Week of October 13, 2018 

Michigan State 21, Penn State 17

Michigan State tried a fake FG down by three with just more than five minutes remaining on a 4th-and-6 play. Although it wasn’t successful, CAI liked the concept. Had this play worked, underdog Michigan State could have been playing the final minutes with a four-point lead.


Later, the Spartans had 4th-and-10 from their -36, with 1:51 remaining in the game and all three timeouts remaining and punted. The Spartans did get the ball back following a three-and-out on their own -24 and drove 76 yards for the winning score in the final moments. 


Though it did work out, this was a long shot for the Spartans. Had Penn State achieved a single first down, the game would have been over. Also, had MSU gone for it and missed, the Spartans still would have had the same opportunity to get the ball back, although probably in worse field position. Considering the field position they got after the punt was the -24, they might not have lost all that much ground with a miss. Punting gave Michigan State only one pathway to victory, but give the Spartans all the credit for making that path work.


For the Michigan State fake FG, start at 16:08.

For the MSU punt with 1:51 left in the game, start at 17:30.

For the MSU game-winning drive and TD, start at 18:04.

For the final play of the game by Penn State, start at 19:43.

Week of October 6, 2018 

Middle Tennessee State 34, Marshall 24

Middle Tennessee State, leading 31-17 with less than 8:00 to play, had 1st-and-10 at the Marshall 10. On first down, the Blue Raiders lost 2 yards, followed by an incomplete pass, a run to the +1, and then an 18-yard FG to go up 34-17.


Leading by 14 in the middle of the fourth quarter, the offense needed to get any type of score to go up three scores and run clock. First-and-goal from the +10 is the most challenging set of downs in football to get another first down or a TD. Particularly following the loss of two yards on first down, MTSU’s goal should have been to avoid a turnover, run some clock, and leave itself in great position to kick that FG. The second-down incomplete pass risked a turnover and the clock stopping. The third-down rush was a great idea and nearly went for the score. CAI rarely recommends an 18-yard field goal, but this was a rare exception. Either a FG or a TD would have provided a three-score lead, and Marshall was unlikely to get three possessions in the time remaining. So, taking any sort of a risk on fourth down was unnecessary when a made FG was almost assured.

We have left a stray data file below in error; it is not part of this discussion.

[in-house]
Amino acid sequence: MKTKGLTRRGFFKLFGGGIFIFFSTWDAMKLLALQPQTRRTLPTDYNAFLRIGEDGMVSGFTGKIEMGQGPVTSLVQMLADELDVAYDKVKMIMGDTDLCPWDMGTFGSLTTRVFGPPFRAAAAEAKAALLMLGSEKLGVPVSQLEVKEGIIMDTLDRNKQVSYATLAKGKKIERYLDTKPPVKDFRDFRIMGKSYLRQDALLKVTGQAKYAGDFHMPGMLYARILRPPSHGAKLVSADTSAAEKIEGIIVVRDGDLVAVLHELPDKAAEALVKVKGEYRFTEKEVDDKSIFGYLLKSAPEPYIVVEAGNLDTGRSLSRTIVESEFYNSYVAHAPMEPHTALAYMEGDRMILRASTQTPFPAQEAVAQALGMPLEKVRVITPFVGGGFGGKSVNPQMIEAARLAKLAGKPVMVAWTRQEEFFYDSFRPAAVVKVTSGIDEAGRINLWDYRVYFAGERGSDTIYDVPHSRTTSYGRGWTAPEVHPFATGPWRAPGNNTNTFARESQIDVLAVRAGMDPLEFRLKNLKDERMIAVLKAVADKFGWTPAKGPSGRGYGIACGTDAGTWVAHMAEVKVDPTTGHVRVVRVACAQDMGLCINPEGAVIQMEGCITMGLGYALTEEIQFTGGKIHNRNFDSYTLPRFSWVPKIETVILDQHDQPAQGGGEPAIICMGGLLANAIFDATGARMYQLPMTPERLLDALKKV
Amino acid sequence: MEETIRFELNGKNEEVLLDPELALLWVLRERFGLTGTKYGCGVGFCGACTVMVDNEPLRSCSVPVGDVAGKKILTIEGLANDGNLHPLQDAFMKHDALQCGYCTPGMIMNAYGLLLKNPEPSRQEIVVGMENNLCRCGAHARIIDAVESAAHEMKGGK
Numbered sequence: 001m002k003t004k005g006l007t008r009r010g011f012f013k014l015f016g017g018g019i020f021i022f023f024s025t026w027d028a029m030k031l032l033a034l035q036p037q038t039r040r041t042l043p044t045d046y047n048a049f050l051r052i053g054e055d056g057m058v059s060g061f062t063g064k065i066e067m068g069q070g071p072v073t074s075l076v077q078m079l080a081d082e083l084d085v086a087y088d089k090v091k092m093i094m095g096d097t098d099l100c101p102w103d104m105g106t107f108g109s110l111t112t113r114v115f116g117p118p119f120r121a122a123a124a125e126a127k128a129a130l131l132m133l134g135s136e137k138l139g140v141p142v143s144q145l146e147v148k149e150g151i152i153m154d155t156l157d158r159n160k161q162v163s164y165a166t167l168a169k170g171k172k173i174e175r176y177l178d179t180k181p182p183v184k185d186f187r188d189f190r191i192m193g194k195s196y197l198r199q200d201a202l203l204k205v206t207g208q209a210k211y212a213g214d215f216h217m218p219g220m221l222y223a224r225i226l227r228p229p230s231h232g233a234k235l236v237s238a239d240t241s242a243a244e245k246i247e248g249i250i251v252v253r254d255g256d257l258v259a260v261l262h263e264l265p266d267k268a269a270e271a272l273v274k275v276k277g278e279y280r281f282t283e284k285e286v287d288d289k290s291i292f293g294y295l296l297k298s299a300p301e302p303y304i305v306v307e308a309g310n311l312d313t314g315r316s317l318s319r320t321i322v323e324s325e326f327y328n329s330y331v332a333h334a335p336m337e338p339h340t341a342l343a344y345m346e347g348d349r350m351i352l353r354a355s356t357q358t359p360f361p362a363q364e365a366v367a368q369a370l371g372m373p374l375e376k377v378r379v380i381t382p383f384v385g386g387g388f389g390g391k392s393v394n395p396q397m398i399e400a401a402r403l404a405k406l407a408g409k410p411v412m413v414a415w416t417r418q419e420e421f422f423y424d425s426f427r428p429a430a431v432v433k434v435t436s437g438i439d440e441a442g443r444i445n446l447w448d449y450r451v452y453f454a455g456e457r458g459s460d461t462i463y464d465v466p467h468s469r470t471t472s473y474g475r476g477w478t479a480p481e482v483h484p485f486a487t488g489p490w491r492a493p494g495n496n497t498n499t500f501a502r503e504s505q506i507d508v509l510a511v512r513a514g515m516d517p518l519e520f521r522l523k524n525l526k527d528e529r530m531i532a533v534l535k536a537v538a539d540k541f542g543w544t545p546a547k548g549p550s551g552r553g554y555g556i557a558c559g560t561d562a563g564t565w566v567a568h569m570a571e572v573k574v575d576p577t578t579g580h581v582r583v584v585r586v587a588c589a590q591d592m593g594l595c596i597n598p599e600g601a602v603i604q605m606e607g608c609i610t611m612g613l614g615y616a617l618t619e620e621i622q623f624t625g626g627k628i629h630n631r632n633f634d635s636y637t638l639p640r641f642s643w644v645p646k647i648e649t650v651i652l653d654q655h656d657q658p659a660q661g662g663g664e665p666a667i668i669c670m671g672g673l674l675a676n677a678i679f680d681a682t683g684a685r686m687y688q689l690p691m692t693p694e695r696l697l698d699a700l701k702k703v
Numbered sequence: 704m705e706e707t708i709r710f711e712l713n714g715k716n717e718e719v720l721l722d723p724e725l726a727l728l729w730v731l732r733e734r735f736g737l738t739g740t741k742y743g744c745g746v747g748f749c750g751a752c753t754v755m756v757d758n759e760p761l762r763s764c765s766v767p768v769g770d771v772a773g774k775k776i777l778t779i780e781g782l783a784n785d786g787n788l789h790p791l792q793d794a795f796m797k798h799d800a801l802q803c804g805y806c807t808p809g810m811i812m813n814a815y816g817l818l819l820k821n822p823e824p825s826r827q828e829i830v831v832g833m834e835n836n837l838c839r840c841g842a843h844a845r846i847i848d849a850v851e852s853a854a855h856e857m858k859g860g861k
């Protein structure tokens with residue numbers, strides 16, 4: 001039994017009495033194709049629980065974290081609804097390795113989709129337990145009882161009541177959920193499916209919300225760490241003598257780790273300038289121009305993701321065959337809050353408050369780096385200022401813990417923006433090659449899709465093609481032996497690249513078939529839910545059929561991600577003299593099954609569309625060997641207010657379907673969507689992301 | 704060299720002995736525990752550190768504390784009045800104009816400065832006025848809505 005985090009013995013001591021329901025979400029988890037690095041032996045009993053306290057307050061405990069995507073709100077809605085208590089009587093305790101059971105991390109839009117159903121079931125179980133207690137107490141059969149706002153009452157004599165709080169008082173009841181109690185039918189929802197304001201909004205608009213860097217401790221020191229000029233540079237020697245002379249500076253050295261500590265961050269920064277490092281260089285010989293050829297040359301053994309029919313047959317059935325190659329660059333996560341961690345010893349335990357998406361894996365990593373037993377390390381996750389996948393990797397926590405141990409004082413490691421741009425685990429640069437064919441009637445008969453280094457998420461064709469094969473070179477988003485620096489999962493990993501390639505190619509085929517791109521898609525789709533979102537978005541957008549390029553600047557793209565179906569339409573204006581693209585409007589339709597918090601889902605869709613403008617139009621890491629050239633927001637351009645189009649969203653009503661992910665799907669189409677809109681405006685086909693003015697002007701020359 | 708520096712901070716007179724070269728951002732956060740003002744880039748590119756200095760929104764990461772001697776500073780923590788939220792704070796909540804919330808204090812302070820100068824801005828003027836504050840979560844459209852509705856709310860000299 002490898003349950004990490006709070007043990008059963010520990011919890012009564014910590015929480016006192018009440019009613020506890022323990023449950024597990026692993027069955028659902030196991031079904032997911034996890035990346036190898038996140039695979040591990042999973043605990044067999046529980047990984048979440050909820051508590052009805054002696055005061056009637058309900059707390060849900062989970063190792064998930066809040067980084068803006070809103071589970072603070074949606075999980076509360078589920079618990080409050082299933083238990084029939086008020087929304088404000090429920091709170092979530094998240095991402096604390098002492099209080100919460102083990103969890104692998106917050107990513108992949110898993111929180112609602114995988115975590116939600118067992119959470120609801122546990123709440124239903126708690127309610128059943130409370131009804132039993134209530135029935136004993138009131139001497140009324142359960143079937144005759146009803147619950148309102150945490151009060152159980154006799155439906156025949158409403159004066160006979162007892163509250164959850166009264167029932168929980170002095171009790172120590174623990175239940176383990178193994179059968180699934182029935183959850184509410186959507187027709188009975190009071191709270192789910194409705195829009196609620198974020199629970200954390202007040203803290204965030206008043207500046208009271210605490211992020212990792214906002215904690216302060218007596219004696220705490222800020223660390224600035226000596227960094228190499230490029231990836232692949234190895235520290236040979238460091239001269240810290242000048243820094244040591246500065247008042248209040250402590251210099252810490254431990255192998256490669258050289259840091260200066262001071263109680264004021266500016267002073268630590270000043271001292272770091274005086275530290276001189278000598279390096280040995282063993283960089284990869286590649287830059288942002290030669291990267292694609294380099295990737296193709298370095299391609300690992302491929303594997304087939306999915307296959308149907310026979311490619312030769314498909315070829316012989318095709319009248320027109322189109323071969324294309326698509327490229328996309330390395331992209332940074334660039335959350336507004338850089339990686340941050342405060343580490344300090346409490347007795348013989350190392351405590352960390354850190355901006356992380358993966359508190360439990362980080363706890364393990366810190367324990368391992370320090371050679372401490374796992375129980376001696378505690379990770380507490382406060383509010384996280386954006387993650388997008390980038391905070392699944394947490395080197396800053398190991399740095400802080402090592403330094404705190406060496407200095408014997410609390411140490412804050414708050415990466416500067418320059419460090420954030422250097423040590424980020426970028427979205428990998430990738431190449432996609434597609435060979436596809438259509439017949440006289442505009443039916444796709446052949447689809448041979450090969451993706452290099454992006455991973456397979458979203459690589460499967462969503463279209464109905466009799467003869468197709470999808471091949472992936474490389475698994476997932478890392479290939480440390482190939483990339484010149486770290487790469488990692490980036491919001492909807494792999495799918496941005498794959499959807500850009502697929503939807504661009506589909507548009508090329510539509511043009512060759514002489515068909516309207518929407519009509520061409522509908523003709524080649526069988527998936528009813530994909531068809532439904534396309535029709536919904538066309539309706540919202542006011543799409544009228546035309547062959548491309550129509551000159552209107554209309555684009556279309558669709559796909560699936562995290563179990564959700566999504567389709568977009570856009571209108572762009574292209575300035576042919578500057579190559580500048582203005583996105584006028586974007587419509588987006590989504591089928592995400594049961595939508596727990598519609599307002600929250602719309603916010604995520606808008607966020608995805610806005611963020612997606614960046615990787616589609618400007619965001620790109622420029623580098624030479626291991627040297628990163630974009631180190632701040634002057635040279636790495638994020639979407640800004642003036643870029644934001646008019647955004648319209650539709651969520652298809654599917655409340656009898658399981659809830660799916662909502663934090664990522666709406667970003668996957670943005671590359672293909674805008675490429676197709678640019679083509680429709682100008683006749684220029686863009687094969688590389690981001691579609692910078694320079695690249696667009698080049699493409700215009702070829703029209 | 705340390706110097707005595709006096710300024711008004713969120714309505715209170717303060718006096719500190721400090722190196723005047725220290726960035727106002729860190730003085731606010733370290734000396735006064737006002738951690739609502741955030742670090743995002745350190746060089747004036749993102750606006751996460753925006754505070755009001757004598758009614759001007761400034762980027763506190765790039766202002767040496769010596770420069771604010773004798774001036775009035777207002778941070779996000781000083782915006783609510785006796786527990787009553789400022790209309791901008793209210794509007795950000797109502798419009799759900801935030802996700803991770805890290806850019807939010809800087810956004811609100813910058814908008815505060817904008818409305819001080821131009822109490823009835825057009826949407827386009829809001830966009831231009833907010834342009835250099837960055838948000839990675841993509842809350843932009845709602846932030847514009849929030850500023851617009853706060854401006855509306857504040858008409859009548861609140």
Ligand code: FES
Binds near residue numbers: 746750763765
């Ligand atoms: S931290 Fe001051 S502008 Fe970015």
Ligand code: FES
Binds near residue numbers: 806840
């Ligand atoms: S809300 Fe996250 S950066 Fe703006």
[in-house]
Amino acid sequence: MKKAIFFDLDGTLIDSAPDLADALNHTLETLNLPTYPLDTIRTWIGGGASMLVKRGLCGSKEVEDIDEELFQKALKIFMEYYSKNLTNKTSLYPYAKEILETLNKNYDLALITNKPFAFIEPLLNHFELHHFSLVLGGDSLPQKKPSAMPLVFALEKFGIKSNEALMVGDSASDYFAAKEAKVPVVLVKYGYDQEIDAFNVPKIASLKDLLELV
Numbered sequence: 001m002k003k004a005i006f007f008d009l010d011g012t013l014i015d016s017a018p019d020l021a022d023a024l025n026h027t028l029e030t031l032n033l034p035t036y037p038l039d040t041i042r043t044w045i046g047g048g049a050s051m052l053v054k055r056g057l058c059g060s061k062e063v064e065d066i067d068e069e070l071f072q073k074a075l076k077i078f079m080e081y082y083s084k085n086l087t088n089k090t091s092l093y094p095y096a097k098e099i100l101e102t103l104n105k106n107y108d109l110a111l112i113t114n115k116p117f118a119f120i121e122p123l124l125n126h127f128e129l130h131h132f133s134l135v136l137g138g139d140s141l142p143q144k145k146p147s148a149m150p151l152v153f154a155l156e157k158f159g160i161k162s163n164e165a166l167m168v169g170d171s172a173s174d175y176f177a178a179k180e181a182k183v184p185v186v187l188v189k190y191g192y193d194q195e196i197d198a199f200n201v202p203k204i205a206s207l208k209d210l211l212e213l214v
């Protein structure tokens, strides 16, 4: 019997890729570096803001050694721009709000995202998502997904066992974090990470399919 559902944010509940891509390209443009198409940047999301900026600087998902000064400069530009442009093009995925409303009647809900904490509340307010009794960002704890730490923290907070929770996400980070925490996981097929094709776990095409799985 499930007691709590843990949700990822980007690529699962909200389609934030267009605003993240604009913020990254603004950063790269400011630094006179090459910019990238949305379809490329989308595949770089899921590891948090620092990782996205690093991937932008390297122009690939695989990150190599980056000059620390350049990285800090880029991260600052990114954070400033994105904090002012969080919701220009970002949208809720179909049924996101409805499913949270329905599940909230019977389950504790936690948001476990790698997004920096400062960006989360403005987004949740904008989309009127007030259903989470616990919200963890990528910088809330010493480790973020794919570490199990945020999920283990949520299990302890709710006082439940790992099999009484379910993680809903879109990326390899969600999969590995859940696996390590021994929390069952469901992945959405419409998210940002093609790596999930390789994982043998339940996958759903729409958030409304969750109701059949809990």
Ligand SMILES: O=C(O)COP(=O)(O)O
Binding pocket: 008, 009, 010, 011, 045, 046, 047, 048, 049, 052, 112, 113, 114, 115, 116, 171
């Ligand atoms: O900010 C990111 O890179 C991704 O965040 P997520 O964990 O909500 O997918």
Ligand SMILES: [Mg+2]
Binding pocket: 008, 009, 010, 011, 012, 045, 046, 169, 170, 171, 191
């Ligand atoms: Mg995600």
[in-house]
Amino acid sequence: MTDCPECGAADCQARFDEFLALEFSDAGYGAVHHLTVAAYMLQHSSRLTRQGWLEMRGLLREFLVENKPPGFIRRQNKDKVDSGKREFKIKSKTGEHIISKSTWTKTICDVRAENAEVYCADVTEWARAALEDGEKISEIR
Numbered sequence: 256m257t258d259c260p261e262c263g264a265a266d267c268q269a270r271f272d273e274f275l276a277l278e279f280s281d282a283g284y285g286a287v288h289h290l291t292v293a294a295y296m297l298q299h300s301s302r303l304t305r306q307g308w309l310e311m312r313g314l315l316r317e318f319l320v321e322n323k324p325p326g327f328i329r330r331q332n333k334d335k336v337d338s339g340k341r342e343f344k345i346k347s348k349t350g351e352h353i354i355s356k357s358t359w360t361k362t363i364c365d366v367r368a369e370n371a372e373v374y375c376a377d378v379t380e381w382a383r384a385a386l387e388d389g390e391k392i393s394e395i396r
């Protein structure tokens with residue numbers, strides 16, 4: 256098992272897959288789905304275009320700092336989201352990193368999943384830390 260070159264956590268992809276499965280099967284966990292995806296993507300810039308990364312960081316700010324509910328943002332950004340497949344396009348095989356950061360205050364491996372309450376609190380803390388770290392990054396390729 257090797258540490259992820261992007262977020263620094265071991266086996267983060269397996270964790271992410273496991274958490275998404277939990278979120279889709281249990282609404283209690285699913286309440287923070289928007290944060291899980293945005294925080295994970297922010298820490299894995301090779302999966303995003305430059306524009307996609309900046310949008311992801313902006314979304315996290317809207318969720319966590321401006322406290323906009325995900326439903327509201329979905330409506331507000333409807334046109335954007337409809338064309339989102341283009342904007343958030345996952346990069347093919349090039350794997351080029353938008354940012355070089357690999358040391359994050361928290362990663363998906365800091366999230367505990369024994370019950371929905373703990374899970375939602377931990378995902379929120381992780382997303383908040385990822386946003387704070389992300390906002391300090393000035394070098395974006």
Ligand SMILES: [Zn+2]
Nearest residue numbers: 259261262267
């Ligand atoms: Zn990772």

For the MTSU FG, start on 3rd-and-goal with 7:15 left in the game at 17:03.

Week of September 29, 2018 

LSU 45, Ole Miss 16

Ole Miss kicked the dreaded 17-yard FG on the last play of the first half, trailing 28-3. The 17-yard FG is almost always a bad choice, and when trailing by 25 in the second quarter, a TD was sorely needed.


For the Ole Miss 17-yard FG start at 8:40.

Week of September 22, 2018 

Oklahoma 28, Army 21

Oklahoma survived Army in a game that ended 21-21 in regulation and was dominated by both offenses. Army, coming in as a four-TD underdog, wanted to minimize the possessions in this game to provide fewer opportunities for the Sooners to assert their dominance. The Black Knights succeeded in grinding out first downs, aided by a 4-for-4 performance on fourth downs, and took a staggering 44:41 off the clock in their six full offensive possessions.


Oklahoma had an excellent chance to win in regulation and probably could have scored a TD, but the Sooners took their time before losing 6 yards to center the ball and missing a 33-yard FG to send the game into OT. There were two issues with this situation. First, losing the 6 yards made for a more challenging kick. Secondly, Army does not have a quick-strike offense. Had Oklahoma scored with 15-20 seconds remaining, there would have been little hope for Army to come back to tie. Continuing on and trying to score, or at least getting the equivalent of an XP distance FG for the win, was the play for Oklahoma.

For the Oklahoma centering play, start at 1:37:40.

For the missed Oklahoma FG, start at 1:39:10.

Week of September 15, 2018 

LSU 22, Auburn 21

 LSU got the ball to the Auburn 24 with 1:14 to play and Auburn with one timeout remaining. LSU ran the ball three times for no yards, used up the remaining time and the final Auburn timeout, and kicked a 41-yard FG on the final play. This was the right idea. The three runs didn’t gain any yardage, but they ultimately didn’t lose yardage either, and they ate up the clock. Had LSU thrown incomplete or gone out of bounds, Auburn would have had time for a final drive—and Auburn has an excellent kicker. LSU was also wise to try to gain positive yardage for its kicker. 

For the final 3 LSU plays and game-winning FG, start at 40:33.

Week of September 8, 2018 

Eastern Michigan 20, Purdue 19 

Eastern Michigan got a first down at the Purdue 5 by running for 10 yards on 3rd-and-5 from the +15, out of timeouts, with 36 seconds remaining. The Eagles then took a knee, spiked the ball with a couple seconds left and kicked the field goal as time expired.


Eastern Michigan executed its strategy very well. There were a couple of risks, in that a false start penalty could have ended the game on the spike or the kick could have been missed in the rainy conditions. But running a play and risking a turnover or scoring and giving Purdue a few plays to do something offensively would have been more dangerous than missing what amounted to an extra point.